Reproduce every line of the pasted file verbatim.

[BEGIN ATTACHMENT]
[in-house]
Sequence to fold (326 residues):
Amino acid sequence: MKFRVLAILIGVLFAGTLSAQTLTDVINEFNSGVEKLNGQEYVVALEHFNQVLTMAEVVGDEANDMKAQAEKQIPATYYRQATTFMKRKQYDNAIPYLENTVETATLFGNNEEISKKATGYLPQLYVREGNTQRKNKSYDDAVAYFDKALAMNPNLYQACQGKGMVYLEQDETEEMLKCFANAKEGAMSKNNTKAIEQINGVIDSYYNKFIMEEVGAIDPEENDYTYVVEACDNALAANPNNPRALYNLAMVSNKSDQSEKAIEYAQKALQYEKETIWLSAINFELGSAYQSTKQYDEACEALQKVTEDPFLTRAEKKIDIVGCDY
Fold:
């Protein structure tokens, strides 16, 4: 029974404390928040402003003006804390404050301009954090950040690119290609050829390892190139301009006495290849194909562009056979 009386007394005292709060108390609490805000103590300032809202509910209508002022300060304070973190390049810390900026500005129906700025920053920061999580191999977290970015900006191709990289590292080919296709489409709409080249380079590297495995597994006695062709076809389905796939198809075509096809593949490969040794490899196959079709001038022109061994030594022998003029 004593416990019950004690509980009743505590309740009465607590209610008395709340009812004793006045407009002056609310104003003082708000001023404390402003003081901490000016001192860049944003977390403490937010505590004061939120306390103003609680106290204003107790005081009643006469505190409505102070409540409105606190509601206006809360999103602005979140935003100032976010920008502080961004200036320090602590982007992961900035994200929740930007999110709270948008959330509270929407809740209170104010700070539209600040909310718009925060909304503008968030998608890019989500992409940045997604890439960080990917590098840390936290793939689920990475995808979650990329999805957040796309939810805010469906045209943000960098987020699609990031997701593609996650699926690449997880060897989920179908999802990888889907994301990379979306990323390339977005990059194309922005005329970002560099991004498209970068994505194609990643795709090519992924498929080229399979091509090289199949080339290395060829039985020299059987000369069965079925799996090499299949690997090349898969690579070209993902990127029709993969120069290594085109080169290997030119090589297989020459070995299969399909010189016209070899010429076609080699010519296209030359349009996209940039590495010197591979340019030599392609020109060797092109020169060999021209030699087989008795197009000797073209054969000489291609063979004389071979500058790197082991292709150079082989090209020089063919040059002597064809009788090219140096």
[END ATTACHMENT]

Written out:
[in-house]
Sequence to fold (326 residues):
Amino acid sequence: MKFRVLAILIGVLFAGTLSAQTLTDVINEFNSGVEKLNGQEYVVALEHFNQVLTMAEVVGDEANDMKAQAEKQIPATYYRQATTFMKRKQYDNAIPYLENTVETATLFGNNEEISKKATGYLPQLYVREGNTQRKNKSYDDAVAYFDKALAMNPNLYQACQGKGMVYLEQDETEEMLKCFANAKEGAMSKNNTKAIEQINGVIDSYYNKFIMEEVGAIDPEENDYTYVVEACDNALAANPNNPRALYNLAMVSNKSDQSEKAIEYAQKALQYEKETIWLSAINFELGSAYQSTKQYDEACEALQKVTEDPFLTRAEKKIDIVGCDY
Fold:
């Protein structure tokens, strides 16, 4: 029974404390928040402003003006804390404050301009954090950040690119290609050829390892190139301009006495290849194909562009056979 009386007394005292709060108390609490805000103590300032809202509910209508002022300060304070973190390049810390900026500005129906700025920053920061999580191999977290970015900006191709990289590292080919296709489409709409080249380079590297495995597994006695062709076809389905796939198809075509096809593949490969040794490899196959079709001038022109061994030594022998003029 004593416990019950004690509980009743505590309740009465607590209610008395709340009812004793006045407009002056609310104003003082708000001023404390402003003081901490000016001192860049944003977390403490937010505590004061939120306390103003609680106290204003107790005081009643006469505190409505102070409540409105606190509601206006809360999103602005979140935003100032976010920008502080961004200036320090602590982007992961900035994200929740930007999110709270948008959330509270929407809740209170104010700070539209600040909310718009925060909304503008968030998608890019989500992409940045997604890439960080990917590098840390936290793939689920990475995808979650990329999805957040796309939810805010469906045209943000960098987020699609990031997701593609996650699926690449997880060897989920179908999802990888889907994301990379979306990323390339977005990059194309922005005329970002560099991004498209970068994505194609990643795709090519992924498929080229399979091509090289199949080339290395060829039985020299059987000369069965079925799996090499299949690997090349898969690579070209993902990127029709993969120069290594085109080169290997030119090589297989020459070995299969399909010189016209070899010429076609080699010519296209030359349009996209940039590495010197591979340019030599392609020109060797092109020169060999021209030699087989008795197009000797073209054969000489291609063979004389071979500058790197082991292709150079082989090209020089063919040059002597064809009788090219140096």